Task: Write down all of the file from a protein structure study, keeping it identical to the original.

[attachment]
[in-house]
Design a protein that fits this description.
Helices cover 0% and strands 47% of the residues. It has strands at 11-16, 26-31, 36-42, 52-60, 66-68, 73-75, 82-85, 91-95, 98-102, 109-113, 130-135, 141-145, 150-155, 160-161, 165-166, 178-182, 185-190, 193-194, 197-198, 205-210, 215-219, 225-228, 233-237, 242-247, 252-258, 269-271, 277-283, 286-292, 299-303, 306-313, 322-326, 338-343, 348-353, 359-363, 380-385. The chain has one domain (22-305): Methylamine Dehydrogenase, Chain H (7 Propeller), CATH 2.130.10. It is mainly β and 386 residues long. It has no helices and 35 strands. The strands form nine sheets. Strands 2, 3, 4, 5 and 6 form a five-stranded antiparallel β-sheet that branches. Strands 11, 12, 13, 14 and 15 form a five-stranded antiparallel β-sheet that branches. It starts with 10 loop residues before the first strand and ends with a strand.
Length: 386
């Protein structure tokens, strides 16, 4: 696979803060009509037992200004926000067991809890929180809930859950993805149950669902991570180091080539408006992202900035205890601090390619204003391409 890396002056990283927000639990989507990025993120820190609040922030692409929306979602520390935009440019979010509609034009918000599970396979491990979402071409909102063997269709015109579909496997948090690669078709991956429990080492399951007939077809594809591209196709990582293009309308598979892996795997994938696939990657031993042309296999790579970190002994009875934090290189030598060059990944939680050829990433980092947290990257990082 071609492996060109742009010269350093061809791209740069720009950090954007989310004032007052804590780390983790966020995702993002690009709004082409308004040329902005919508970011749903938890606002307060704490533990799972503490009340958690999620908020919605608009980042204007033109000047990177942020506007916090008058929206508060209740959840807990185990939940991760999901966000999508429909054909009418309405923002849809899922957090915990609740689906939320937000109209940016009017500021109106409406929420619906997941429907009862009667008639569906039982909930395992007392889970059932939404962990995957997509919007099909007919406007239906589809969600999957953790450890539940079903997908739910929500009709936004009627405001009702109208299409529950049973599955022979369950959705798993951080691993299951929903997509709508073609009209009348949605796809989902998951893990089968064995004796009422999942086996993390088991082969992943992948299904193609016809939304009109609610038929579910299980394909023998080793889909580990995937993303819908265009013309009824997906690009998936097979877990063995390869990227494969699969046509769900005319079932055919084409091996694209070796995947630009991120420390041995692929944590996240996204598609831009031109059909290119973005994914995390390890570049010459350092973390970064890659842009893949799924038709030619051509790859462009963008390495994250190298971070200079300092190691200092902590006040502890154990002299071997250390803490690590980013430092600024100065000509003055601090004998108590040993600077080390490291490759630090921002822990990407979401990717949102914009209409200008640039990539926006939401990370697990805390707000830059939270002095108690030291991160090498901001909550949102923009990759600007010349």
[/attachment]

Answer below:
[in-house]
Design a protein that fits this description.
Helices cover 0% and strands 47% of the residues. It has strands at 11-16, 26-31, 36-42, 52-60, 66-68, 73-75, 82-85, 91-95, 98-102, 109-113, 130-135, 141-145, 150-155, 160-161, 165-166, 178-182, 185-190, 193-194, 197-198, 205-210, 215-219, 225-228, 233-237, 242-247, 252-258, 269-271, 277-283, 286-292, 299-303, 306-313, 322-326, 338-343, 348-353, 359-363, 380-385. The chain has one domain (22-305): Methylamine Dehydrogenase, Chain H (7 Propeller), CATH 2.130.10. It is mainly β and 386 residues long. It has no helices and 35 strands. The strands form nine sheets. Strands 2, 3, 4, 5 and 6 form a five-stranded antiparallel β-sheet that branches. Strands 11, 12, 13, 14 and 15 form a five-stranded antiparallel β-sheet that branches. It starts with 10 loop residues before the first strand and ends with a strand.
Length: 386
């Protein structure tokens, strides 16, 4: 696979803060009509037992200004926000067991809890929180809930859950993805149950669902991570180091080539408006992202900035205890601090390619204003391409 890396002056990283927000639990989507990025993120820190609040922030692409929306979602520390935009440019979010509609034009918000599970396979491990979402071409909102063997269709015109579909496997948090690669078709991956429990080492399951007939077809594809591209196709990582293009309308598979892996795997994938696939990657031993042309296999790579970190002994009875934090290189030598060059990944939680050829990433980092947290990257990082 071609492996060109742009010269350093061809791209740069720009950090954007989310004032007052804590780390983790966020995702993002690009709004082409308004040329902005919508970011749903938890606002307060704490533990799972503490009340958690999620908020919605608009980042204007033109000047990177942020506007916090008058929206508060209740959840807990185990939940991760999901966000999508429909054909009418309405923002849809899922957090915990609740689906939320937000109209940016009017500021109106409406929420619906997941429907009862009667008639569906039982909930395992007392889970059932939404962990995957997509919007099909007919406007239906589809969600999957953790450890539940079903997908739910929500009709936004009627405001009702109208299409529950049973599955022979369950959705798993951080691993299951929903997509709508073609009209009348949605796809989902998951893990089968064995004796009422999942086996993390088991082969992943992948299904193609016809939304009109609610038929579910299980394909023998080793889909580990995937993303819908265009013309009824997906690009998936097979877990063995390869990227494969699969046509769900005319079932055919084409091996694209070796995947630009991120420390041995692929944590996240996204598609831009031109059909290119973005994914995390390890570049010459350092973390970064890659842009893949799924038709030619051509790859462009963008390495994250190298971070200079300092190691200092902590006040502890154990002299071997250390803490690590980013430092600024100065000509003055601090004998108590040993600077080390490291490759630090921002822990990407979401990717949102914009209409200008640039990539926006939401990370697990805390707000830059939270002095108690030291991160090498901001909550949102923009990759600007010349």